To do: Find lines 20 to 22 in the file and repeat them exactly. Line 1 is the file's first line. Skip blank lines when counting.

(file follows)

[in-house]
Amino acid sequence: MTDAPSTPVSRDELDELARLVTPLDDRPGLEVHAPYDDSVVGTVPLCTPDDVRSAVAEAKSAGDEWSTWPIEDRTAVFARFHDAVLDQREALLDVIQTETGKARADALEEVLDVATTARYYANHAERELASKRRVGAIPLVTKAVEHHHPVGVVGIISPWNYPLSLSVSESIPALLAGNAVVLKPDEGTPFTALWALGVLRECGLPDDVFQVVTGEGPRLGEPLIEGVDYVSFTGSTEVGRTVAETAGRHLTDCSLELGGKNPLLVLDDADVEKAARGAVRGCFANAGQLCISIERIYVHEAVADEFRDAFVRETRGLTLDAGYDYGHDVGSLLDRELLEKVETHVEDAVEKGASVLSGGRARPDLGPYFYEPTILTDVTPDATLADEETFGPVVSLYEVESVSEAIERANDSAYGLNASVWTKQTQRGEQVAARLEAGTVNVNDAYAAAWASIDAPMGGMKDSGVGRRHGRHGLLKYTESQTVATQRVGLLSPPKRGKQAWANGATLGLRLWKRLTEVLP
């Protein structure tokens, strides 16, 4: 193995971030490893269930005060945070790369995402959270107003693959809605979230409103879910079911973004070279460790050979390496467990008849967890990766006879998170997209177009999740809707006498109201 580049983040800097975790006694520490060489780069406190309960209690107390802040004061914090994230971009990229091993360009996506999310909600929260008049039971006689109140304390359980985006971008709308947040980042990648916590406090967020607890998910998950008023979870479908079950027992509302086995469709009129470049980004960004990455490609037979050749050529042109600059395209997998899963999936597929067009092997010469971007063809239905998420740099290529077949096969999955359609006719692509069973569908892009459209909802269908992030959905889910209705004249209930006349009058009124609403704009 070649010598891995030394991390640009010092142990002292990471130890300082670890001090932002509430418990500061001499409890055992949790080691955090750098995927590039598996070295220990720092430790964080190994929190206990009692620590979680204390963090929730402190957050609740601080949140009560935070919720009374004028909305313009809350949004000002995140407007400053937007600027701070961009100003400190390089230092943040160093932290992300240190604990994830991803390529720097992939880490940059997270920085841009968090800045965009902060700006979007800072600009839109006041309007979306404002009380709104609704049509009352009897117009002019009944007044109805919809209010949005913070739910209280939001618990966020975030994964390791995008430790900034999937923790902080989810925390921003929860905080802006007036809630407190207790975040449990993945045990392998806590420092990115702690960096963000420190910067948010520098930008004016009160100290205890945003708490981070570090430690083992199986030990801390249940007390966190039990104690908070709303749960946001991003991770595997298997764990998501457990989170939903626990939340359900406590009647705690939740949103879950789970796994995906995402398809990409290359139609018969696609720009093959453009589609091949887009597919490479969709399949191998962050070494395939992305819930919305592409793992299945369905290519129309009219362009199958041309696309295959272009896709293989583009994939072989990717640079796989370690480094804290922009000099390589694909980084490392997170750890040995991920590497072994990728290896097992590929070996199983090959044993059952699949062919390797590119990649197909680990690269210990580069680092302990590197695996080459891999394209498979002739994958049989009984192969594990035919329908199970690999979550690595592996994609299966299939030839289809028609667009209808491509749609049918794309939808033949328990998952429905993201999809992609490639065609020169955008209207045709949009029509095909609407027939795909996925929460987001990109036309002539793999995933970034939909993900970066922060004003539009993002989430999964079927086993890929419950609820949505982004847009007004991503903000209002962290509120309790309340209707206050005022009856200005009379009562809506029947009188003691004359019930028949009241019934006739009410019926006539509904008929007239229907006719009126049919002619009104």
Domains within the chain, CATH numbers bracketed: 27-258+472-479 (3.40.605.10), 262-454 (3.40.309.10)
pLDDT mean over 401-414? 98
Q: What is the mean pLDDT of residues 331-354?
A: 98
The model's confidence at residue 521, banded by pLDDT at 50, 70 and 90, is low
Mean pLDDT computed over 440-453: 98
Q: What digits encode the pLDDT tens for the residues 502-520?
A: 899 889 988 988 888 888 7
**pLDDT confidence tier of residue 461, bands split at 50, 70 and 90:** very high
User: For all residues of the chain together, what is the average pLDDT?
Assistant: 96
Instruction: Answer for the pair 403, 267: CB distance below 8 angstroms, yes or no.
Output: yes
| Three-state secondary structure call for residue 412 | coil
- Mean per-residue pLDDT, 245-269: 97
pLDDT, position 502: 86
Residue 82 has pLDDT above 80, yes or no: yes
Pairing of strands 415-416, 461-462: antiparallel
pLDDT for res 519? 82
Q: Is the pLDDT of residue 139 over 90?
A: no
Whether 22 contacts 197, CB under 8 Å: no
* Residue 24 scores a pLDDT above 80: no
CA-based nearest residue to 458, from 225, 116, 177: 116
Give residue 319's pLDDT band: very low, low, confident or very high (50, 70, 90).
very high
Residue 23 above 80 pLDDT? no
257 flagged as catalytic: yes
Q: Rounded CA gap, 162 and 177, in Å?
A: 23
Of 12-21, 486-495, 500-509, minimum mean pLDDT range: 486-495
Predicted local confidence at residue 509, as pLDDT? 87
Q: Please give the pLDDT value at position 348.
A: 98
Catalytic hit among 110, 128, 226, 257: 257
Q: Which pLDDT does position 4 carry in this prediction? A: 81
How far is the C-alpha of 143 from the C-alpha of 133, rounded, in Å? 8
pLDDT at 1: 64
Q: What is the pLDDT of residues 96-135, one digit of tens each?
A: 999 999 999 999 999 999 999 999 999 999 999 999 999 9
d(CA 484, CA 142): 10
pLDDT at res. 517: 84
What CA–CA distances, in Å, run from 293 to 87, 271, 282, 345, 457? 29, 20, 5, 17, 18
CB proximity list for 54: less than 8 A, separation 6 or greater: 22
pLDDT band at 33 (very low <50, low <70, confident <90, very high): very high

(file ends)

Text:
Residue 82 has pLDDT above 80, yes or no: yes
Pairing of strands 415-416, 461-462: antiparallel
pLDDT for res 519? 82